Breaking the Silence: A Therapist Shares Her #MeToo Story

Person with shoulder-length hair wearing long dark sweater stands alone at riverside having phone conversation. Editor’s note: The following article contains material that may be triggering for some readers. Names in the article have been changed.

I don’t think I know a single woman who has not experienced sexual abuse, including myself.

When I was a child, our neighbor, Mr. Davis, who lived down the street, spent every warm day on his lawn taking in the afternoon sun. He was in a wheelchair. One day he called me over in the most piteous voice, begging me to help him with something.

“Little girl,” he said, “please help me. I’m in a wheelchair. I dropped something and can’t reach it. Come here and help me, please.”

I was a little scared of Mr. Davis, but he was in a wheelchair and needed help. Also, he was a grown-up, and I was used to obeying adults. I went over to see what he had dropped, so I could pick it up for him.

“Come closer,” he said.

I came closer. He grabbed me! He captured me in his lap, and I was not strong enough to break free. He held me with one hand and used the other to run over and under my body. He felt my tiny breast buds and my genitals, and he would not let me go. Eventually he got tired of the game, or maybe he saw someone coming, I don’t know, but I broke free and ran home crying. I told my mother what happened, expecting her to comfort me, hoping she would confront Mr. Davis and tell him off. I wanted her to defend me.

“Why did you do that?” she said. “Why did you go over to him?”

“I thought he needed help,” I said.

“It’s your own fault,” my mother said. “Next time, stay away from him. Don’t be stupid.” She was yelling at me, not at Mr. Davis, like I was wrong and he wasn’t.

I could see she was angry. I felt dumb and ashamed. Scared, too. I knew better than to tell my dad, so my mother was the first person I told. She was the only person I told until many years later—after I got married, I told my husband.

My mother’s reaction was quite typical of how many people react to reports of sexual abuse: they get angry at the victim. “Why did you act like that, dress like that? You were asking for it!” My mother taught me my first lesson about how to react to sexual assault—shut up about it; it’s your own fault; you are stupid, guilty, and should be ashamed. Don’t tell anybody or you’ll be sorry. Society’s lesson about sexual violence is to protect the perpetrator and punish the victim, keeping them powerless and silent.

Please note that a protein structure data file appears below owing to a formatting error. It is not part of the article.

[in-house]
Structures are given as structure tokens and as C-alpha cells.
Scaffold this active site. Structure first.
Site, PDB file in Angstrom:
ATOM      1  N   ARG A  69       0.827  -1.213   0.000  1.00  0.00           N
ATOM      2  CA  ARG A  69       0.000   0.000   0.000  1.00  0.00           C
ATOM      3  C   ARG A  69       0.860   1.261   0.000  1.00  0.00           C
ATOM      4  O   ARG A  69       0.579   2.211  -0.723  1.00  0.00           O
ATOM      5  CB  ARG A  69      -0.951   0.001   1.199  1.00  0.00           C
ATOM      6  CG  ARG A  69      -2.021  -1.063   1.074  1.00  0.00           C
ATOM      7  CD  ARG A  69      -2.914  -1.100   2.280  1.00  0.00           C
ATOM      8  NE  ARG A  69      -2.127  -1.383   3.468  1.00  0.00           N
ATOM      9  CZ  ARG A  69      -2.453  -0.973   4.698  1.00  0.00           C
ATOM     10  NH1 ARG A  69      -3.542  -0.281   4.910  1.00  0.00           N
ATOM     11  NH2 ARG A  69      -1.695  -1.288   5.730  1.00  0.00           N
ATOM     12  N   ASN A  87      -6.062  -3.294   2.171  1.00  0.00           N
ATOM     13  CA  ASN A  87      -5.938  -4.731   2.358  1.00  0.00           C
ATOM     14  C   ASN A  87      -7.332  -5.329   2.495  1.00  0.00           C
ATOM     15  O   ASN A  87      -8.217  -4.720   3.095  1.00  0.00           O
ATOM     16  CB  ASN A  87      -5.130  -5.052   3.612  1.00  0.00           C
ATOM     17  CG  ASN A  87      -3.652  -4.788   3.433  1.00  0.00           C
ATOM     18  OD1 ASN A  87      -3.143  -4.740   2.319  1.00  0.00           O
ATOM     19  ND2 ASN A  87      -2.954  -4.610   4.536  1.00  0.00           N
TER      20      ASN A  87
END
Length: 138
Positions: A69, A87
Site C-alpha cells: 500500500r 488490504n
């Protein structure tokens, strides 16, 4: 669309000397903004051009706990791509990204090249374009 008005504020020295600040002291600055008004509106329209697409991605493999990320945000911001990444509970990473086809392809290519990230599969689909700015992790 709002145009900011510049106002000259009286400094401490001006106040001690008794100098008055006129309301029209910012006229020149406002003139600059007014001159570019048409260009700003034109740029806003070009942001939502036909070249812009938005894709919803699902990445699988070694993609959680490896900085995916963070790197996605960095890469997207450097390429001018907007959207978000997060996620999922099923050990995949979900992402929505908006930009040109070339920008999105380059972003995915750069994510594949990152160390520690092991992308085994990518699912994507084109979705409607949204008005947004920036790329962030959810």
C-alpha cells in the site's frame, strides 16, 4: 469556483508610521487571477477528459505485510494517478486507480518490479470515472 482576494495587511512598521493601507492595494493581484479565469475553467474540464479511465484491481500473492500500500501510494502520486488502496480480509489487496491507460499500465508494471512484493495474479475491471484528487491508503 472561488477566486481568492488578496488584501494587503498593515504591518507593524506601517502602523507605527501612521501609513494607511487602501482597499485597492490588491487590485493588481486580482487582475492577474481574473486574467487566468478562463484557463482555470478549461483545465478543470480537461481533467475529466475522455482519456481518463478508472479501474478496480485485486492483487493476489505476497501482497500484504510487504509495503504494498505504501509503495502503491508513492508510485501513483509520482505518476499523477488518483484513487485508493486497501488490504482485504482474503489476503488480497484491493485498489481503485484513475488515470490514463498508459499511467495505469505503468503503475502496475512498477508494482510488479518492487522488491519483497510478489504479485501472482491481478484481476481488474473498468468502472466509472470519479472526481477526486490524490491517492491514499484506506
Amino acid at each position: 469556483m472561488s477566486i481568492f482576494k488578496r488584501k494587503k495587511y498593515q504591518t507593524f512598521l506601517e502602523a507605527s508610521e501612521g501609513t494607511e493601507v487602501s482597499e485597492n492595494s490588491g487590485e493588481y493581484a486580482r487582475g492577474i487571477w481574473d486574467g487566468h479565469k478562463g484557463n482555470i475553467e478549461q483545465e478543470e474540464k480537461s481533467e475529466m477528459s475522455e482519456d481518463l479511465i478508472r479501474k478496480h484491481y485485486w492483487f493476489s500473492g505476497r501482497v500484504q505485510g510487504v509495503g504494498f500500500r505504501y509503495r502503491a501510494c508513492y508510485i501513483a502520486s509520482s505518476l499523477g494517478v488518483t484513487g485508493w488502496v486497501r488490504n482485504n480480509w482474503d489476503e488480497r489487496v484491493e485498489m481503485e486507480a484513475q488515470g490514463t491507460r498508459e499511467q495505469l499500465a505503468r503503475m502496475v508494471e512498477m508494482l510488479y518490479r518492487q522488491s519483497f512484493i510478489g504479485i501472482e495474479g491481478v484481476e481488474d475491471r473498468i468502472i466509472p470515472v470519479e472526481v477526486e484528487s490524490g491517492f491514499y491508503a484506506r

Ten years later I was grown up, living by myself in an apartment in the Bronx. I took the subway to work every day. It happened on a crowded train in the Bronx, a few stations away from my stop on 167th Street. A man grabbed me, pinned me to the passenger stanchion, and raped me through my clothes—all this in front of many witnesses.

Once again, I was overpowered. His arms were like iron bands and I could not break free. I had no voice; it was gone somewhere and I couldn’t scream. I didn’t make a sound as I fought him with all my strength, but it was hopeless. I felt desperate, ashamed, and beaten. At first I tried pushing away from the stanchion for leverage, so I could get free. Then I was clinging to it, so I could at least keep on my feet. I was starting to faint when another man on the train grabbed the offender, lifted him up in the air, and pushed him out of the car at the next stop. I had been saved by a brave and decent man, and I am grateful.

Sexual predation is not about sexual urges so much as it is about aggression.The offender stood on the platform and looked in the window straight at me as the train pulled away from the station. “I’m going to kill you, bitch,” he said. He meant it. We were only one stop away from 167th Street, where I lived, and I was scared I would run into him again.

What are the effects of having been preyed upon as a woman? If you walk down the street and see a group of men, you might cross to the other side of the street. It can feel scary to be anywhere crowded, especially in an enclosed place such as a train, where you can’t get away. When you’re on a lonely street and hear a man’s footsteps behind you, you may drop back and let him walk in front so you can watch him. You might be easily startled by sudden sounds and rarely feel safe.